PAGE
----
SOMERS, N.Y. – From a rider in her 80s to a 4-year-old propped on the back of his mom’s bike, to restless teenagers out for a final jaunt before school starts, riders of all ages and skill levels converged Sunday in Somers for the 31st annual Golden Apple Bicycle Tour.
More than 700 cyclists registered for the ride, which started at Best Plumbing, Tile and Stone and passed through the towns of Cortlandt, Lewisboro, North Salem, Yorktown, Carmel and Bedford. Participants were given a choice of 25, 45, 70 or 100 miles, known as a “century,” and had the option to participate in a hill time trial 10 miles in.
But, according to some words of wisdom from Burt Morris, a three-year cycling veteran from Fairfield, Conn., “It’s not how far you go, it’s that you get on” the bike in the first place.
Morris, his son Drew from Eerie, Pa., co-worker Sandra Galwin and friend Nick Laverick were checking their gear and doing some last-minute hydration at registration before taking on the 70-mile course.
“My dad and I recently rode from Pittsburgh to Washington, D.C.,” Drew Morris said, a trip that totaled 330 miles and took five days. He said he began biking two years ago in Boston as a fun and convenient way to commute. Riding buddy Galwin said she enjoys riding the Central Park Loop in Manhattan.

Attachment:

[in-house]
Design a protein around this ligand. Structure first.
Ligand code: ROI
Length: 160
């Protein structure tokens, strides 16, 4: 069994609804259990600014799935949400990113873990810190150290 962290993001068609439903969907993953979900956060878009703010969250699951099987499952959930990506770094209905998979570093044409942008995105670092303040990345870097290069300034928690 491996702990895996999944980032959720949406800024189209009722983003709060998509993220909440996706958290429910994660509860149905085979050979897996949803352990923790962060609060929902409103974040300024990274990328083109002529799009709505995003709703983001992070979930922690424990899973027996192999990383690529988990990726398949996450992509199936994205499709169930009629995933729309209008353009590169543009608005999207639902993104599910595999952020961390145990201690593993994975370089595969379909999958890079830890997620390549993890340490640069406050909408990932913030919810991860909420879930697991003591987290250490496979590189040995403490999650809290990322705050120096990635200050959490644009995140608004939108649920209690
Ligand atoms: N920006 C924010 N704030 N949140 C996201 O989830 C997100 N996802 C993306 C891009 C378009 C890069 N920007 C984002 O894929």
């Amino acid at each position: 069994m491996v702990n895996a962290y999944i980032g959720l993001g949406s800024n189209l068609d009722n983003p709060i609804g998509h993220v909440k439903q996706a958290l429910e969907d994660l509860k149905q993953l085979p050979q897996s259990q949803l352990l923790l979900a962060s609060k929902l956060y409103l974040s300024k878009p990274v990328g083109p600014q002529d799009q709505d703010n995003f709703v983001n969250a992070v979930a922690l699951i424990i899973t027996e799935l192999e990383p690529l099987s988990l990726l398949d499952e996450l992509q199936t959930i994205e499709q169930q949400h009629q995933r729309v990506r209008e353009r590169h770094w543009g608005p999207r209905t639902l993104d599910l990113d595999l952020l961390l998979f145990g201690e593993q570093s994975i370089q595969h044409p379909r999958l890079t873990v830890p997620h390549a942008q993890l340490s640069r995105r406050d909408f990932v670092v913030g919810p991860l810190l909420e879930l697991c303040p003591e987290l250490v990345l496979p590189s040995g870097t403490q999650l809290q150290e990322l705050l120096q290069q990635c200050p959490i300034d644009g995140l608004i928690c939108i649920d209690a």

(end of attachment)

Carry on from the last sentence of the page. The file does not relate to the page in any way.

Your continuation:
Being a cyclist in the city can be a little challenging, she said, so “you have to get used to it.”
Cyclists from New York City were a common sight Sunday. Along with people from the tri-state area and beyond, many participants bring their bikes on the train from New York City and get off at Goldens Bridge, which lends its name to the title of the event.
Another city biker, Lauren Matison, was there with her husband, Vincent Crossley, with whom she co-founded green travel site offMetro.com. The two were there wearing matching jerseys advertising offMetro, which she said is a resource for “New Yorkers who want to get away without the car,” and provides travel guides for specialized biking trips, hikes and romantic getaways.
New to the event this year was a 65-mile course called the “Dirty Apple,” a special ride limited to unmarked dirt roads. Organizer Kate Marshall of the Westchester Cycle Club said the ride is very hilly but fun for experienced riders to navigate.
“It’s hard enough to ride hills,” said Marshall, who recently won a bronze medal at the Masters World Cycling Championships in South Africa. Dirt hills, she said, require a high level of fitness.
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